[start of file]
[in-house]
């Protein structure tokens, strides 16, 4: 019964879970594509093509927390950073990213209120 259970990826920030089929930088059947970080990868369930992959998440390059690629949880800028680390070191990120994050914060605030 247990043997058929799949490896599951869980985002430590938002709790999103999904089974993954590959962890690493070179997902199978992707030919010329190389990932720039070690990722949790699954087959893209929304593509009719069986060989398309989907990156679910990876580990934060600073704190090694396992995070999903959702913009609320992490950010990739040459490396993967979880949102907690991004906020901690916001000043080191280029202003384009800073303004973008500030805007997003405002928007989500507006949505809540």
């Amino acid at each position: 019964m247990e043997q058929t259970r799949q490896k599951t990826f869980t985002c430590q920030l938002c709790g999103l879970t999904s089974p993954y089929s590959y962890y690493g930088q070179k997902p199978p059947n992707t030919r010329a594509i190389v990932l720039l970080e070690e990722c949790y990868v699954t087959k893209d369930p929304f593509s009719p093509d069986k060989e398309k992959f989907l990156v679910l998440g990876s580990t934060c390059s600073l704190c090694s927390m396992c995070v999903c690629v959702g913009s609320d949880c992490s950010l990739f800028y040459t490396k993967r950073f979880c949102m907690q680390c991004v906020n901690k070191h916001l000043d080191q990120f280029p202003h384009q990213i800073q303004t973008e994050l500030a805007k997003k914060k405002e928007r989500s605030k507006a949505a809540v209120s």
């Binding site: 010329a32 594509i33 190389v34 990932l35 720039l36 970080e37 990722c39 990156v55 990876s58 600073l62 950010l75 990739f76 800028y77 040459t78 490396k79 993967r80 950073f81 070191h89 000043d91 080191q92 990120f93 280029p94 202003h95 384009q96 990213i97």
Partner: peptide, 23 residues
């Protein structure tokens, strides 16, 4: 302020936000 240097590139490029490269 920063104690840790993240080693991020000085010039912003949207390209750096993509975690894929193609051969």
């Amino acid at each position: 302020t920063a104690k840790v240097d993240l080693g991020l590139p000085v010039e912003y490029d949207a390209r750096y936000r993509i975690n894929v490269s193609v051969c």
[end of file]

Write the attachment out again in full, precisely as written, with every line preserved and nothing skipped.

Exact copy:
[in-house]
């Protein structure tokens, strides 16, 4: 019964879970594509093509927390950073990213209120 259970990826920030089929930088059947970080990868369930992959998440390059690629949880800028680390070191990120994050914060605030 247990043997058929799949490896599951869980985002430590938002709790999103999904089974993954590959962890690493070179997902199978992707030919010329190389990932720039070690990722949790699954087959893209929304593509009719069986060989398309989907990156679910990876580990934060600073704190090694396992995070999903959702913009609320992490950010990739040459490396993967979880949102907690991004906020901690916001000043080191280029202003384009800073303004973008500030805007997003405002928007989500507006949505809540």
């Amino acid at each position: 019964m247990e043997q058929t259970r799949q490896k599951t990826f869980t985002c430590q920030l938002c709790g999103l879970t999904s089974p993954y089929s590959y962890y690493g930088q070179k997902p199978p059947n992707t030919r010329a594509i190389v990932l720039l970080e070690e990722c949790y990868v699954t087959k893209d369930p929304f593509s009719p093509d069986k060989e398309k992959f989907l990156v679910l998440g990876s580990t934060c390059s600073l704190c090694s927390m396992c995070v999903c690629v959702g913009s609320d949880c992490s950010l990739f800028y040459t490396k993967r950073f979880c949102m907690q680390c991004v906020n901690k070191h916001l000043d080191q990120f280029p202003h384009q990213i800073q303004t973008e994050l500030a805007k997003k914060k405002e928007r989500s605030k507006a949505a809540v209120s």
């Binding site: 010329a32 594509i33 190389v34 990932l35 720039l36 970080e37 990722c39 990156v55 990876s58 600073l62 950010l75 990739f76 800028y77 040459t78 490396k79 993967r80 950073f81 070191h89 000043d91 080191q92 990120f93 280029p94 202003h95 384009q96 990213i97």
Partner: peptide, 23 residues
């Protein structure tokens, strides 16, 4: 302020936000 240097590139490029490269 920063104690840790993240080693991020000085010039912003949207390209750096993509975690894929193609051969």
């Amino acid at each position: 302020t920063a104690k840790v240097d993240l080693g991020l590139p000085v010039e912003y490029d949207a390209r750096y936000r993509i975690n894929v490269s193609v051969c």